Top of page
Department of Organismal Biology and Anatomy, The University of Chicago, Chicago, Illinois 60637, USA
Academy of Natural Sciences of Philadelphia, 19th and Benjamin Franklin Parkway, Philadelphia, Pennsylvania 19103, USA
Department of Organismic and Evolutionary Biology and Museum of Comparative Zoology, Harvard University, Cambridge, Massachusetts 02138, USA

` My friend Dory also sent me an e-mail of a more 'friendly' article about Tiktaalik in the New York Times. It describes this animal in more image-invoking terms:

"The origin of limbs," Dr. Shubin's team wrote, "probably involved the elaboration and proliferation of features already present in the fins of fish such as Tiktaalik."...

...They found several of the fishes in a quarry, their skeletons largely intact and in three dimensions. The large skull had the sharp teeth of a predator. It was attached to a neck, which allowed the fish the unfishlike ability to swivel its head.

If the animal spent any time out of water, said Dr. Jenkins, of Harvard, it needed a true neck that allowed the head to move independently on the body.

Embedded in the pectoral fins were bones that compare to the upper arm, forearm and primitive parts of the hand of land-living animals. The joints of the fins appeared to be capable of functioning for movement on land, a case of a fish improvising with its evolved anatomy. In all likelihood, the scientists said, Tiktaalik flexed its proto-limbs mainly on the floor of streams and might have pulled itself up on the shore for brief stretches.

In their report, the scientists concluded that Tiktaalik was an intermediate between the fishes Eusthenopteron and Panderichthys, which lived 385 million years ago, and early tetrapods. The known early tetrapods are Acanthostega and Ichthyostega, about 365 million years ago.

Tiktaalik, Dr. Shubin said, is "both fish and tetrapod, which we sometimes call a fishapod."
` Irritatingly, though, for a science article, there was something which is completely irrelevent to the subject:
Dr. Shubin's team played down the fossil's significance in the raging debate over Darwinian theory, which is opposed mainly by some conservative Christians in this country, but other scientists were not so reticent. They said this should undercut the argument that there is no evidence in the fossil record of one kind of creature becoming another kind.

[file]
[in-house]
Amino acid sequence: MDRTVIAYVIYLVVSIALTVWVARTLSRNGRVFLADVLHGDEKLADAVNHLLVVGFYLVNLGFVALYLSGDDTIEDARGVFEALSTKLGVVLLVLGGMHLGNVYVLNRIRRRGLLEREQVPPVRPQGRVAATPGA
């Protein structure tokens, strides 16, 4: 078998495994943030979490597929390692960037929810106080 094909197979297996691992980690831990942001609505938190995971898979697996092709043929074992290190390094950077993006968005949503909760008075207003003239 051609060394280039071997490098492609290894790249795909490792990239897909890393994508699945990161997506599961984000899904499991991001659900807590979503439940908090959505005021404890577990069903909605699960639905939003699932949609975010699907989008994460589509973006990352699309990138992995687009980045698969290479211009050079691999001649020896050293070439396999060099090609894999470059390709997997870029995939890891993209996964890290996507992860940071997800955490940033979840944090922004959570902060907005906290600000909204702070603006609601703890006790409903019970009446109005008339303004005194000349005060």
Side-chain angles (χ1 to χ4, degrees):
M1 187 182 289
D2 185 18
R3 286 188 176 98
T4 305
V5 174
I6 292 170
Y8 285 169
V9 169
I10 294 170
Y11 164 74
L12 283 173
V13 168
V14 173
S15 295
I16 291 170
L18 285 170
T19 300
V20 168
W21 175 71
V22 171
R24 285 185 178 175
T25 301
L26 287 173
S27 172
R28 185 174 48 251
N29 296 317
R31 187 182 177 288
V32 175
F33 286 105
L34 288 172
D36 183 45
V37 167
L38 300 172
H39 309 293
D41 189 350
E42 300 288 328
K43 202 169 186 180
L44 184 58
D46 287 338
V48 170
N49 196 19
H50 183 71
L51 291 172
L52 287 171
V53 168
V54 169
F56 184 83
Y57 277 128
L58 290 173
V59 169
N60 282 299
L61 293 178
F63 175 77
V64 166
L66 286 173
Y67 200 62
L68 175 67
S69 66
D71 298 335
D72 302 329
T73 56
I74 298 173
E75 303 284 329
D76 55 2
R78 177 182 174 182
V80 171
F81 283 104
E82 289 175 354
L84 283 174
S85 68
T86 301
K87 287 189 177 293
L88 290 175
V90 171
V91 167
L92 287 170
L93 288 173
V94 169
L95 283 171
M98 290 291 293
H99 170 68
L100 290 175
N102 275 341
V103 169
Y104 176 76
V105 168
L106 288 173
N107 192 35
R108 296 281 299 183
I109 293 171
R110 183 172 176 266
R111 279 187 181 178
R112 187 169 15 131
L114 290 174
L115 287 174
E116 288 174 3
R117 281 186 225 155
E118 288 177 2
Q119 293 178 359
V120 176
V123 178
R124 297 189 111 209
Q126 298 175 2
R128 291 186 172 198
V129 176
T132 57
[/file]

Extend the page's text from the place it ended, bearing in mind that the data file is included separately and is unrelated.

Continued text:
` I suppose it would be fine to leave it at that. But, no... weight is actually lent to the conservative Christians. (Or is it? Well, I suppose attention is power.) What irks me mildly is that the reporter obviously is not even familiar with science, creationism, nor the proper usage of nonscientific terms like 'major kinds'. This term was made up, of course, because no discernable border has ever been found between any so-called 'kind' wherever anything is known about it.

Dr. Novacek responded: "We've got Archaeopteryx, an early whale that lived on land, and now this animal showing the transition from fish to tetrapod. What more do we need from the fossil record to show that the creationists are flatly wrong?"

` No! Stop arguing and acting arrogant! You're just drawing more attention to creationism! But then... he was probably prompted to by the reporter.

Duane T. Gish, a retired official of the Institute for Creation Research in San Diego, said, "This alleged transitional fish will have to be evaluated carefully." But he added that he still found evolution "questionable because paleontologists have yet to discover any transitional fossils between complex invertebrates and fish, and this destroys the whole evolutionary story."